No-one has an automatic right to credit.
It is important to check that the data lenders rely on is accurate
Individual lenders use their own criteria when deciding whether or not to lend you money, but they rely heavily on data supplied by credit reference agencies.
BBC News explains how they work, the information they hold, and how you can check and challenge your credit file.
What is a credit reference agency?
Credit reference agencies are commercial companies which compile information from a number of different sources, including the electoral roll, county court judgements and financial institutions.
They sell this information to lenders and other service providers in the form of credit reports which help them to decide whether to grant an application for a loan, credit card, or provide another financial product.
The three credit reference agencies operating in the UK are Experian, Equifax and Call Credit.
What information do they have?
Agencies hold personal information taken from previous credit applications. This includes your name, date of birth, current and recent addresses.
The main part of your credit report is your credit history. This lists your credit accounts, the date they were opened, the credit limit or loan amount, and whether you have missed any payments.
DATA HELD BY THE AGENCIES
Name and date of birth
The electoral register
Credit payment history
County Court judgements
Bankruptcy and administration orders
Account details stay on your report for six years after you settle a loan or close a credit card. However a credit card which you no longer use but have not formally closed will remain permanently.
Agencies also record a credit search every time your credit report is looked at, for instance when you apply for a loan or buy something with interest free credit. These searches stay on your credit report for up to two years.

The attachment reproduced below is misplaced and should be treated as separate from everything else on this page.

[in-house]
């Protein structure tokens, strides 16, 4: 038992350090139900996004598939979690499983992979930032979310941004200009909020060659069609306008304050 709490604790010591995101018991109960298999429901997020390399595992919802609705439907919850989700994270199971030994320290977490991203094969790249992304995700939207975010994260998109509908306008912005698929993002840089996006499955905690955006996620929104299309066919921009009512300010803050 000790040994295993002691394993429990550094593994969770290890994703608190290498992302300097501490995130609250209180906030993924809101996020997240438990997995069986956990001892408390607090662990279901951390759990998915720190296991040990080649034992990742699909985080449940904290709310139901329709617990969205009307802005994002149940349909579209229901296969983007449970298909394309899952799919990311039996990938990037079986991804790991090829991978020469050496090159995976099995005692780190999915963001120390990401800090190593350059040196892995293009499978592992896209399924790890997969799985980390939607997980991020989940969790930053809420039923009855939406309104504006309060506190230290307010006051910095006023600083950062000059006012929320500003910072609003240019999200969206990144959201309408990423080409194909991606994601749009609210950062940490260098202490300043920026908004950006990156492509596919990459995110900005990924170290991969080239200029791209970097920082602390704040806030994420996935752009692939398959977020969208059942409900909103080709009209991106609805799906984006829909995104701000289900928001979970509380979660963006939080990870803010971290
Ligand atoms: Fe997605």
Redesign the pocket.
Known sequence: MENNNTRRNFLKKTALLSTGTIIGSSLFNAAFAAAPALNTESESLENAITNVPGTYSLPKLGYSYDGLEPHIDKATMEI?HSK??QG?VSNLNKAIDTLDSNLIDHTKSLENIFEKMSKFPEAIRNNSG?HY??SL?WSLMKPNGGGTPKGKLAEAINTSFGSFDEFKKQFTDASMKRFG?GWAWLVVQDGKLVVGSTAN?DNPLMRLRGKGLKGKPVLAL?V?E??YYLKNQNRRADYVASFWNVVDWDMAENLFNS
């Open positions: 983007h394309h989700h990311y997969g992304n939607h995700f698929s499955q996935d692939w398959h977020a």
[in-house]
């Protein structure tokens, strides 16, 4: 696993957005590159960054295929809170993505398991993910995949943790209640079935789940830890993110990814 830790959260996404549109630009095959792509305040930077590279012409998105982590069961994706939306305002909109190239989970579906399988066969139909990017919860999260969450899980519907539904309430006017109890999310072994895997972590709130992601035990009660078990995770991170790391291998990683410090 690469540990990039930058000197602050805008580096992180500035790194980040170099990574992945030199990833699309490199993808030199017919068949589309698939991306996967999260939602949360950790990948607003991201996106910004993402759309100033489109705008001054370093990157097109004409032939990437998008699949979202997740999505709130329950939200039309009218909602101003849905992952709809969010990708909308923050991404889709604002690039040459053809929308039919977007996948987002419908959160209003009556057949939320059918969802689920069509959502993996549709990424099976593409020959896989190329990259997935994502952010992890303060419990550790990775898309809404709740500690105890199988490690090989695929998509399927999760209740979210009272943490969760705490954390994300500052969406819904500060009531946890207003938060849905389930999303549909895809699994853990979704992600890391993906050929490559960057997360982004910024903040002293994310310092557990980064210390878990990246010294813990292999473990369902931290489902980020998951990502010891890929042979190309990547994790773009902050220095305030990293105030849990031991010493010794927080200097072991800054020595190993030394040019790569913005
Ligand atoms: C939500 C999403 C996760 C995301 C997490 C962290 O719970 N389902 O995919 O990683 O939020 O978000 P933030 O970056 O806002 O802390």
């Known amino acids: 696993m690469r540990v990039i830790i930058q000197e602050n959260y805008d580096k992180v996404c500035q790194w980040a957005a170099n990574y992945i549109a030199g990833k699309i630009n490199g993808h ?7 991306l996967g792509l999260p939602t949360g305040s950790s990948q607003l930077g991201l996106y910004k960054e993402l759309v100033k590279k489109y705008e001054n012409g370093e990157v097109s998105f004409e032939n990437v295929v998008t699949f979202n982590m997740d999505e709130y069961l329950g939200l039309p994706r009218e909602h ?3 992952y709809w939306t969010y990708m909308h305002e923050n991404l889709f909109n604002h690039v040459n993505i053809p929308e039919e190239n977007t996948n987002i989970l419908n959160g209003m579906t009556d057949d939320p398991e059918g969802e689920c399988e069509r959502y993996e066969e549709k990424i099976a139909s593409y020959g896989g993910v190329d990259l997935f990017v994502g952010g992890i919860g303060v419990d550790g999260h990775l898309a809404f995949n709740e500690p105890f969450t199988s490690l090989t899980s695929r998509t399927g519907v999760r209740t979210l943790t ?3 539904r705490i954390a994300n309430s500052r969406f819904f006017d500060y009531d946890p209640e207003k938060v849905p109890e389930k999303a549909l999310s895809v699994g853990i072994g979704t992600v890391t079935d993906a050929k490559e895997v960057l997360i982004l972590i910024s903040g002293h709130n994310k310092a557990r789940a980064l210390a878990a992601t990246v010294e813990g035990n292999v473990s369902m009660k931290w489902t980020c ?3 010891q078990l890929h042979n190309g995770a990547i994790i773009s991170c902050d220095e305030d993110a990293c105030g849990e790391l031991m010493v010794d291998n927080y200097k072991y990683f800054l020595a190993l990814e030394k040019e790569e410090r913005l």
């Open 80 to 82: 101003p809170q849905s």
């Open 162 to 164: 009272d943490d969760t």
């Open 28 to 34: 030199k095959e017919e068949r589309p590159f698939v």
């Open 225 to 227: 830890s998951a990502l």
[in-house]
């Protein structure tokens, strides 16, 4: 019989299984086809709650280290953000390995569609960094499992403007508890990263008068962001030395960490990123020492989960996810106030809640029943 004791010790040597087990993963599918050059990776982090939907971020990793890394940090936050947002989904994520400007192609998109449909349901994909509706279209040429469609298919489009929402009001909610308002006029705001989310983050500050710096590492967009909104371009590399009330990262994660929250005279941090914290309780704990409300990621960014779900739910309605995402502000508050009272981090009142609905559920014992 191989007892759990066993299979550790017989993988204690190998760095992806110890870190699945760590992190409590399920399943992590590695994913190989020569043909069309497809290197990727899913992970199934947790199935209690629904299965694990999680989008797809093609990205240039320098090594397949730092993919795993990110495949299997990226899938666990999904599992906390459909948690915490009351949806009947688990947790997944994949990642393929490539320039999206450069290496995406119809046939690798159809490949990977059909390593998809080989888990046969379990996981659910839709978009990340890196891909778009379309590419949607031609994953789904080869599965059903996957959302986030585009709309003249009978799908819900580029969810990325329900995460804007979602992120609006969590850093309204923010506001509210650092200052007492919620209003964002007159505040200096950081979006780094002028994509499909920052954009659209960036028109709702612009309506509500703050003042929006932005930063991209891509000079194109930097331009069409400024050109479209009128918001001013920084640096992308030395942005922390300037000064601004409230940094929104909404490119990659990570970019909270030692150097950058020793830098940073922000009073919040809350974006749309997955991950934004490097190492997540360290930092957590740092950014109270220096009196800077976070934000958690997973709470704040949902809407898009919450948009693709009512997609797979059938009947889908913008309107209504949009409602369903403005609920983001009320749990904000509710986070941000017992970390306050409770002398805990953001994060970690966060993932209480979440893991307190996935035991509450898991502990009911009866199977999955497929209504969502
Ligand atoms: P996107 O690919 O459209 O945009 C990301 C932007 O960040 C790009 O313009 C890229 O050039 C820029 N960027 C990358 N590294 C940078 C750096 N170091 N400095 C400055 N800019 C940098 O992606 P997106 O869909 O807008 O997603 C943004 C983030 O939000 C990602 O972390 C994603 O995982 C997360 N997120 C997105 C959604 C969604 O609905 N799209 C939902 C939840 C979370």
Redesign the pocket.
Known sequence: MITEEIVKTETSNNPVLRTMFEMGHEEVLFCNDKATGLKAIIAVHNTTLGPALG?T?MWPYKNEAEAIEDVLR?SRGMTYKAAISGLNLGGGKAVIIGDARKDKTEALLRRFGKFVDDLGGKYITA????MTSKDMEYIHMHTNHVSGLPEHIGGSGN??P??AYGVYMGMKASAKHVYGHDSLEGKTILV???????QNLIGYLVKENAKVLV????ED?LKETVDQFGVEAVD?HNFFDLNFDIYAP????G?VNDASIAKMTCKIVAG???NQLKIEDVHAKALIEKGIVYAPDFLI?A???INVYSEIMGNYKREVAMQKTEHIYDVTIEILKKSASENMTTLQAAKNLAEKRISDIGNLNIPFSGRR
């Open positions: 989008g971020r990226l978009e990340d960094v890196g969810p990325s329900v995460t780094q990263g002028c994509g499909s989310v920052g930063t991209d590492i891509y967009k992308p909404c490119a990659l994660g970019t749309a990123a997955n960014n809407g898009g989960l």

Your file also records the name of your current account provider, but will not show further details of your account unless they are relevant for the purposes of granting further credit - for instance if you are in unauthorised overdraft.
Also included is public record information such as county court judgments, house repossessions and bankruptcies. Such information usually stays on your credit report for six years.
Credit reports do not include information about savings accounts or personal information such as religion, political affiliation, medical history, or criminal records.
The information on your credit report is used to generate a credit score, but this score is not part of the report itself.
What are lenders looking for?
As well as asking you for details of your income, employment status and assets, lenders use information from credit reference agencies to assess how well you have handled credit in the past, and therefore how much of a risk they are taking by lending money to you.
The agencies check your name and address against the electoral roll, so you may have problems if you are not on it.
Experian: 0844 481 8000 or www.experian.co.uk
Equifax: 0870 010 0583 or www.equifax.co.uk
Callcredit: 0870 060 1414 or www.callcredit.co.uk
You may also struggle to borrow money if you have never taken out credit before, or if you already have what the lender believes to be too many loans or credit cards.
There is no "blacklist" of people who will not be given credit - each lender analyses the information according to its own rules, so you may be turned down by one company but accepted by another.
However, beware of making multiple applications, because many lenders take a negative view of a large number of credit searches in a short period.
What can you do if you are refused credit?
No lender has to provide credit to you. It can turn you down altogether, offer to lend less than you requested, or charge a higher rate of interest.